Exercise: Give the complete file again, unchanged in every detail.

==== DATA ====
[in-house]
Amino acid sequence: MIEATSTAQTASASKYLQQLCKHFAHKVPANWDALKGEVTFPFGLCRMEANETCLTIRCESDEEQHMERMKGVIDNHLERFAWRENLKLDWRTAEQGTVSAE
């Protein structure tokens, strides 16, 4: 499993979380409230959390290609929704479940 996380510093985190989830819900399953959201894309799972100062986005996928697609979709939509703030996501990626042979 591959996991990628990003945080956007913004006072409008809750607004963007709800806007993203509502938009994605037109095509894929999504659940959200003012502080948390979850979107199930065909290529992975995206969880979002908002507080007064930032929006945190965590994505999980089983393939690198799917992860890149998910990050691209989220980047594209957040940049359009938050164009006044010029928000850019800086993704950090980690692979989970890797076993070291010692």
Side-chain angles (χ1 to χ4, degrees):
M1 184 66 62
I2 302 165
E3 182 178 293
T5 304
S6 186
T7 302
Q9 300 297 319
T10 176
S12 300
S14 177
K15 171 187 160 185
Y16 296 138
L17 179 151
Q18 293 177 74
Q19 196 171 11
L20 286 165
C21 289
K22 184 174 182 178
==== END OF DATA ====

[in-house]
Amino acid sequence: MIEATSTAQTASASKYLQQLCKHFAHKVPANWDALKGEVTFPFGLCRMEANETCLTIRCESDEEQHMERMKGVIDNHLERFAWRENLKLDWRTAEQGTVSAE
């Protein structure tokens, strides 16, 4: 499993979380409230959390290609929704479940 996380510093985190989830819900399953959201894309799972100062986005996928697609979709939509703030996501990626042979 591959996991990628990003945080956007913004006072409008809750607004963007709800806007993203509502938009994605037109095509894929999504659940959200003012502080948390979850979107199930065909290529992975995206969880979002908002507080007064930032929006945190965590994505999980089983393939690198799917992860890149998910990050691209989220980047594209957040940049359009938050164009006044010029928000850019800086993704950090980690692979989970890797076993070291010692």
Side-chain angles (χ1 to χ4, degrees):
M1 184 66 62
I2 302 165
E3 182 178 293
T5 304
S6 186
T7 302
Q9 300 297 319
T10 176
S12 300
S14 177
K15 171 187 160 185
Y16 296 138
L17 179 151
Q18 293 177 74
Q19 196 171 11
L20 286 165
C21 289
K22 184 174 182 178